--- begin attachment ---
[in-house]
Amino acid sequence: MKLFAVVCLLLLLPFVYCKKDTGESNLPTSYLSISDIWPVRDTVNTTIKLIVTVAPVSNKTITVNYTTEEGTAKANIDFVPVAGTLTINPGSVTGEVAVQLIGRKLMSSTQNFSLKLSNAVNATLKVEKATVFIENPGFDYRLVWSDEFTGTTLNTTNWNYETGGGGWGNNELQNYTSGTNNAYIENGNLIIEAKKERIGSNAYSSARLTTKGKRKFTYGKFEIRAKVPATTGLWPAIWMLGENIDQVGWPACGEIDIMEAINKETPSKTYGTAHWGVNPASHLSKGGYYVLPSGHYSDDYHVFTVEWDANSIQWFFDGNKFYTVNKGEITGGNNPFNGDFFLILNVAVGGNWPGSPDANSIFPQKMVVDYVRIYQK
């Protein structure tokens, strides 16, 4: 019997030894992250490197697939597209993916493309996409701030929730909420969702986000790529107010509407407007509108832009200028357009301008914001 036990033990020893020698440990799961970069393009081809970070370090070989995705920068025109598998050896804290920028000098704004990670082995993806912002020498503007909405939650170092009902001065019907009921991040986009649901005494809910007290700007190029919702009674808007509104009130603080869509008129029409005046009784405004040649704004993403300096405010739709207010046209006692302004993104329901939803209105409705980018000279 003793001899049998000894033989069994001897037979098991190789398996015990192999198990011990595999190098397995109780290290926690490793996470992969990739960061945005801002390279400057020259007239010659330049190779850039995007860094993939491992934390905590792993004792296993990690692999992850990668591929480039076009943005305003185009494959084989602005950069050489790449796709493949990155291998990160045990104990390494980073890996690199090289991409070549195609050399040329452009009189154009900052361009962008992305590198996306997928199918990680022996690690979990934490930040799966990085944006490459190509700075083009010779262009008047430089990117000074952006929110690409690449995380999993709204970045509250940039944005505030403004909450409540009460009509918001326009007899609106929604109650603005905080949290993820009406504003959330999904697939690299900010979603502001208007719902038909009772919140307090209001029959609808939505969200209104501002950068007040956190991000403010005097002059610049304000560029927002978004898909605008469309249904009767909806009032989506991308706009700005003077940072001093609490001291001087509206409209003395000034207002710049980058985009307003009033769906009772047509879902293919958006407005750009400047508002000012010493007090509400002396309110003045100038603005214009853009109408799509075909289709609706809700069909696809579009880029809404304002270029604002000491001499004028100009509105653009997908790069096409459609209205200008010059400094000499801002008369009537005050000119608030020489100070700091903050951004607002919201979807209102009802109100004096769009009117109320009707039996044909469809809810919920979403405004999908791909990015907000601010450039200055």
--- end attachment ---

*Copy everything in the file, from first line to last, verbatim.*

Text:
[in-house]
Amino acid sequence: MKLFAVVCLLLLLPFVYCKKDTGESNLPTSYLSISDIWPVRDTVNTTIKLIVTVAPVSNKTITVNYTTEEGTAKANIDFVPVAGTLTINPGSVTGEVAVQLIGRKLMSSTQNFSLKLSNAVNATLKVEKATVFIENPGFDYRLVWSDEFTGTTLNTTNWNYETGGGGWGNNELQNYTSGTNNAYIENGNLIIEAKKERIGSNAYSSARLTTKGKRKFTYGKFEIRAKVPATTGLWPAIWMLGENIDQVGWPACGEIDIMEAINKETPSKTYGTAHWGVNPASHLSKGGYYVLPSGHYSDDYHVFTVEWDANSIQWFFDGNKFYTVNKGEITGGNNPFNGDFFLILNVAVGGNWPGSPDANSIFPQKMVVDYVRIYQK
């Protein structure tokens, strides 16, 4: 019997030894992250490197697939597209993916493309996409701030929730909420969702986000790529107010509407407007509108832009200028357009301008914001 036990033990020893020698440990799961970069393009081809970070370090070989995705920068025109598998050896804290920028000098704004990670082995993806912002020498503007909405939650170092009902001065019907009921991040986009649901005494809910007290700007190029919702009674808007509104009130603080869509008129029409005046009784405004040649704004993403300096405010739709207010046209006692302004993104329901939803209105409705980018000279 003793001899049998000894033989069994001897037979098991190789398996015990192999198990011990595999190098397995109780290290926690490793996470992969990739960061945005801002390279400057020259007239010659330049190779850039995007860094993939491992934390905590792993004792296993990690692999992850990668591929480039076009943005305003185009494959084989602005950069050489790449796709493949990155291998990160045990104990390494980073890996690199090289991409070549195609050399040329452009009189154009900052361009962008992305590198996306997928199918990680022996690690979990934490930040799966990085944006490459190509700075083009010779262009008047430089990117000074952006929110690409690449995380999993709204970045509250940039944005505030403004909450409540009460009509918001326009007899609106929604109650603005905080949290993820009406504003959330999904697939690299900010979603502001208007719902038909009772919140307090209001029959609808939505969200209104501002950068007040956190991000403010005097002059610049304000560029927002978004898909605008469309249904009767909806009032989506991308706009700005003077940072001093609490001291001087509206409209003395000034207002710049980058985009307003009033769906009772047509879902293919958006407005750009400047508002000012010493007090509400002396309110003045100038603005214009853009109408799509075909289709609706809700069909696809579009880029809404304002270029604002000491001499004028100009509105653009997908790069096409459609209205200008010059400094000499801002008369009537005050000119608030020489100070700091903050951004607002919201979807209102009802109100004096769009009117109320009707039996044909469809809810919920979403405004999908791909990015907000601010450039200055």